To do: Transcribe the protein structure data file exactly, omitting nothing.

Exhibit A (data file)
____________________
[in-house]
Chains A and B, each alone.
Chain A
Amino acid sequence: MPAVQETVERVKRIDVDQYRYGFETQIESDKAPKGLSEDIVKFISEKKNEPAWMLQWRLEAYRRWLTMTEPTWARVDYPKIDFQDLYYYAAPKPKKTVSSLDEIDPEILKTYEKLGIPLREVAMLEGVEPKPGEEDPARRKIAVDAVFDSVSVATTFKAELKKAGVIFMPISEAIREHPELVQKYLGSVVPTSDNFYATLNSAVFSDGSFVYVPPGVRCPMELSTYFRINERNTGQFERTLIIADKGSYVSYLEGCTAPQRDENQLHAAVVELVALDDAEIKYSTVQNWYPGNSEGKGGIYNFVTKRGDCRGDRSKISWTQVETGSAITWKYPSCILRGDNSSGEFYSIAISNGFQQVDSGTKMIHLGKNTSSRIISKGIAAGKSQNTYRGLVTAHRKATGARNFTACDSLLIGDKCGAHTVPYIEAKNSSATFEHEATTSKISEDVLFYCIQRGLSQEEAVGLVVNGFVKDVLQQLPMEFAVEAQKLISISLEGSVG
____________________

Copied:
[in-house]
Chains A and B, each alone.
Chain A
Amino acid sequence: MPAVQETVERVKRIDVDQYRYGFETQIESDKAPKGLSEDIVKFISEKKNEPAWMLQWRLEAYRRWLTMTEPTWARVDYPKIDFQDLYYYAAPKPKKTVSSLDEIDPEILKTYEKLGIPLREVAMLEGVEPKPGEEDPARRKIAVDAVFDSVSVATTFKAELKKAGVIFMPISEAIREHPELVQKYLGSVVPTSDNFYATLNSAVFSDGSFVYVPPGVRCPMELSTYFRINERNTGQFERTLIIADKGSYVSYLEGCTAPQRDENQLHAAVVELVALDDAEIKYSTVQNWYPGNSEGKGGIYNFVTKRGDCRGDRSKISWTQVETGSAITWKYPSCILRGDNSSGEFYSIAISNGFQQVDSGTKMIHLGKNTSSRIISKGIAAGKSQNTYRGLVTAHRKATGARNFTACDSLLIGDKCGAHTVPYIEAKNSSATFEHEATTSKISEDVLFYCIQRGLSQEEAVGLVVNGFVKDVLQQLPMEFAVEAQKLISISLEGSVG